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Artefact of the Month

FIRESTREAK AIR-TO-AIR MISSILE

The de Havilland Firestreak was a British first-generation passive infrared homing air-to-air missile. It was developed by de Havilland (later Hawker Siddeley) in the early 1950s and was the first such weapon to enter active service with the RAF and Fleet Air Arm, equipping the English Electric Lightning, the de Havilland Sea Vixen and the Gloster Javelin. It was a rear aspect fire-and-forget pursuit weapon with a field of attack of 20 degrees either side of the target.

The missile was initially code named Blue Jay and was designed with cropped delta wings mounted just rear of the midpoint and small rectangular control surfaces in tandem towards the rear. The first airborne launch of Blue Jay took place in 1955 from a de Havilland Venom – the target drone, a Fairey Firefly, was destroyed. Blue Jay Mk 1 entered service in 1957 with the RAF who renamed the missile Firestreak; it was deployed by the RAF and the Royal Navy in August 1958.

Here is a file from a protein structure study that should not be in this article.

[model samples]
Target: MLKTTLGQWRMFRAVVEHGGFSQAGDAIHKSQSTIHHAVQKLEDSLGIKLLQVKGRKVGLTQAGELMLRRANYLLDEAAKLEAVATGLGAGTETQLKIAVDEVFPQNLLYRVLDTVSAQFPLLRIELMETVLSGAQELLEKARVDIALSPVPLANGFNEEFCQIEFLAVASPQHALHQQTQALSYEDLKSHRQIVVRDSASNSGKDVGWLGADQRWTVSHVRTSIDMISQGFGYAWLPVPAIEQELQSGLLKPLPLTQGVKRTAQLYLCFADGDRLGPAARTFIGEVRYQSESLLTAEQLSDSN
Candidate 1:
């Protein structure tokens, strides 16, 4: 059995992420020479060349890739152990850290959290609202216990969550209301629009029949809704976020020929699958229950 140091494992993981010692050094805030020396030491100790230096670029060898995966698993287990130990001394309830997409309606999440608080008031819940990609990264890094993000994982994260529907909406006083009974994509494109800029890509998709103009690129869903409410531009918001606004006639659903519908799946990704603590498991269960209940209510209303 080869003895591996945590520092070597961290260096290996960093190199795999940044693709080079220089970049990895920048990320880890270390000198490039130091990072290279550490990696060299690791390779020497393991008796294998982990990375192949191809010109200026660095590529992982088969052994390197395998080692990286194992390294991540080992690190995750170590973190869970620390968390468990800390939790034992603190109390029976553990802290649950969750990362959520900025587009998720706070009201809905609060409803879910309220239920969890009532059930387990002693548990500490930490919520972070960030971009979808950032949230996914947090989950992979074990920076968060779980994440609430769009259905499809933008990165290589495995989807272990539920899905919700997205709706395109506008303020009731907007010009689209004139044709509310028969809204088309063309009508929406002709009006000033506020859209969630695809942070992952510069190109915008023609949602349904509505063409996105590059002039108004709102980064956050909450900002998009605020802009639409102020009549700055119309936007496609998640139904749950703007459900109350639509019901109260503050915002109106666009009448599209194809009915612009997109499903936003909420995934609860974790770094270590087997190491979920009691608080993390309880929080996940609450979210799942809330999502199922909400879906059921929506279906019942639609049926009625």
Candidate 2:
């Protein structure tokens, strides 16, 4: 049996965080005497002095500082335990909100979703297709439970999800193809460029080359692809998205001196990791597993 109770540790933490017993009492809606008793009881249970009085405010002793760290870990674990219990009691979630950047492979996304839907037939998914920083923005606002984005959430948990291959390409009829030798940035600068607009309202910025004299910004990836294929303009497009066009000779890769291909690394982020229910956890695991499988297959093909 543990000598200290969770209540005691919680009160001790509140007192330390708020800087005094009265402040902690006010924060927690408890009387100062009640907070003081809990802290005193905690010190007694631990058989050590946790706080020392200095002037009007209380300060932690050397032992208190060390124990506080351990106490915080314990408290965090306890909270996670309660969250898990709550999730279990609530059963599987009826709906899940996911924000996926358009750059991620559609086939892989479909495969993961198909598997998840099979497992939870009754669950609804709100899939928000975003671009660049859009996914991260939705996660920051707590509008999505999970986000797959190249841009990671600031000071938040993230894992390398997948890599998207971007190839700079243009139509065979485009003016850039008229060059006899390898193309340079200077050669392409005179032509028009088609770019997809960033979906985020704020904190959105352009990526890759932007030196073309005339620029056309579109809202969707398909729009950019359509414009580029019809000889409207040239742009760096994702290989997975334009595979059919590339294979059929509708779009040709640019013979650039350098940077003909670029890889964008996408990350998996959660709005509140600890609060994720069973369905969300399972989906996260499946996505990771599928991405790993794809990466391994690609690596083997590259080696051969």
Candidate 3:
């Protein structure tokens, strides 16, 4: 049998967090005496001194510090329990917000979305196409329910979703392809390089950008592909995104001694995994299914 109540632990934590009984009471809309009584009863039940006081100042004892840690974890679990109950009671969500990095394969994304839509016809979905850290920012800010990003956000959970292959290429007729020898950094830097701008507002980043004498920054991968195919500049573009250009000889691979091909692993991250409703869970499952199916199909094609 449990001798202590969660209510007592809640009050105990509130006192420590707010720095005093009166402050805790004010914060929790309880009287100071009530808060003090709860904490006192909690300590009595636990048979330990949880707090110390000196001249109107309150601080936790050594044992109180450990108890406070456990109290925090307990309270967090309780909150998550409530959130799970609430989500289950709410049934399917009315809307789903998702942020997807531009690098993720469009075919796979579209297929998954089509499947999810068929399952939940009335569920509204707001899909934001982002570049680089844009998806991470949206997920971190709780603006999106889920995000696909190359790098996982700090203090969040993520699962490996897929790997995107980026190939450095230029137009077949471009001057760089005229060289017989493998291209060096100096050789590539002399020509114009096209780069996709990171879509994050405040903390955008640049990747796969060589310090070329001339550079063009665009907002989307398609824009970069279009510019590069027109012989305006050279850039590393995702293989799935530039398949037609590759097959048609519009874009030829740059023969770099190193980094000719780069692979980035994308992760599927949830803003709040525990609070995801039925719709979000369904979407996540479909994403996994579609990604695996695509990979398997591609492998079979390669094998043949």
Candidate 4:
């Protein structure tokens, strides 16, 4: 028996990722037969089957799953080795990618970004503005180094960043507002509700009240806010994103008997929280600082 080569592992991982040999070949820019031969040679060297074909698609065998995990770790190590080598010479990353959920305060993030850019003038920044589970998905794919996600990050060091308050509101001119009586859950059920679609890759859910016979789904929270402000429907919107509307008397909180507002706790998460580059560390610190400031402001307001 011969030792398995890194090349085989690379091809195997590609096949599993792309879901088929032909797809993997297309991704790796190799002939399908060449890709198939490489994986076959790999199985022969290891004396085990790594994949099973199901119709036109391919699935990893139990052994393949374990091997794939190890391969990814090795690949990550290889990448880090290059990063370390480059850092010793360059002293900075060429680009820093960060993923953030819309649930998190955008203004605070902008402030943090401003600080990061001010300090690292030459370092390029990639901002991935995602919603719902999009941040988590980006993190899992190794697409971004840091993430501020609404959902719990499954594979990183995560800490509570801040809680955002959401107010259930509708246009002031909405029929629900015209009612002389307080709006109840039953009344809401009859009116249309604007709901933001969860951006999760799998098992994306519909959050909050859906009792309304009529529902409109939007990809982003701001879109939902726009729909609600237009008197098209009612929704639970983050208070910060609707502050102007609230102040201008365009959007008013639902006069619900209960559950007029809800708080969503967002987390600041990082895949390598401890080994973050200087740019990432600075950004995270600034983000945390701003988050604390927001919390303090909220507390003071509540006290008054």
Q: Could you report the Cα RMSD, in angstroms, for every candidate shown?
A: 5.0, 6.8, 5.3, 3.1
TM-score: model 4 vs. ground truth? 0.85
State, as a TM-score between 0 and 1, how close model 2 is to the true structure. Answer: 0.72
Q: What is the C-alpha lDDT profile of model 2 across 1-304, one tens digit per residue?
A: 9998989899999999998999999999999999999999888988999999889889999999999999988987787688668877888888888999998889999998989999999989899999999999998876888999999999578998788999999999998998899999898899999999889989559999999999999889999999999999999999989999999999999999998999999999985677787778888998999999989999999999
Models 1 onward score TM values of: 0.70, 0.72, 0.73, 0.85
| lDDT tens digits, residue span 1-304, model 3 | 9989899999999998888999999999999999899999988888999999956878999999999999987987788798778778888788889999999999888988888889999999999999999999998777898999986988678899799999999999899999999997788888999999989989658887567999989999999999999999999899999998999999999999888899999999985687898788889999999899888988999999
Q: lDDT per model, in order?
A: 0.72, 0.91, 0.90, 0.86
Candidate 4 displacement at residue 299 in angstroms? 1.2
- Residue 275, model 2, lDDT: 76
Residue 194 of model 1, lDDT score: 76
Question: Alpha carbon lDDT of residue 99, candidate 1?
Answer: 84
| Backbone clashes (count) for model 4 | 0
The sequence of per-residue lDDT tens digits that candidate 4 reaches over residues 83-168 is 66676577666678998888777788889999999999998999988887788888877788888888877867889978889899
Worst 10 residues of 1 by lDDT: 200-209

For launch, the missile seeker was slaved to the launch aircraft’s radar (Ferranti AIRPASS in the Lightning and GEC AI.18 in the Sea Vixen) until lock was achieved and the weapon was launched. Once launched, the interceptor was then free to acquire another target.

The Firestreak remained in limited service until the final retirement of the Lightning in 1988.

FIRESTREAK MISSILES CAN BE SEEN DISPLAYED ON THE MUSEUM’S LIGHTNING F53 AND SEA VIXEN FAW 2 AIRCRAFT

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